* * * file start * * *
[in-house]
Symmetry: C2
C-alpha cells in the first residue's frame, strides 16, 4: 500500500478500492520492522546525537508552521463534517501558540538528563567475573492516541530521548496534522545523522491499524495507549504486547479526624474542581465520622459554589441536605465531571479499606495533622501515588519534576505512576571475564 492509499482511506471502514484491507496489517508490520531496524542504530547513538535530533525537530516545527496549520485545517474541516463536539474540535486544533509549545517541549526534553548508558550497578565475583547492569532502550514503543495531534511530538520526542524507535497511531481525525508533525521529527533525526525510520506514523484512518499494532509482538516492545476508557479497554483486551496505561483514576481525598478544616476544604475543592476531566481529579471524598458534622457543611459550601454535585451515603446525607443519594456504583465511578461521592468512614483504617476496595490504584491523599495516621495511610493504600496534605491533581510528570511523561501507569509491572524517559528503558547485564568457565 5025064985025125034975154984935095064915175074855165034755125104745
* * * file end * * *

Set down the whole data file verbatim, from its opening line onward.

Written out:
[in-house]
Symmetry: C2
C-alpha cells in the first residue's frame, strides 16, 4: 500500500478500492520492522546525537508552521463534517501558540538528563567475573492516541530521548496534522545523522491499524495507549504486547479526624474542581465520622459554589441536605465531571479499606495533622501515588519534576505512576571475564 492509499482511506471502514484491507496489517508490520531496524542504530547513538535530533525537530516545527496549520485545517474541516463536539474540535486544533509549545517541549526534553548508558550497578565475583547492569532502550514503543495531534511530538520526542524507535497511531481525525508533525521529527533525526525510520506514523484512518499494532509482538516492545476508557479497554483486551496505561483514576481525598478544616476544604475543592476531566481529579471524598458534622457543611459550601454535585451515603446525607443519594456504583465511578461521592468512614483504617476496595490504584491523599495516621495511610493504600496534605491533581510528570511523561501507569509491572524517559528503558547485564568457565 5025064985025125034975154984935095064915175074855165034755125104745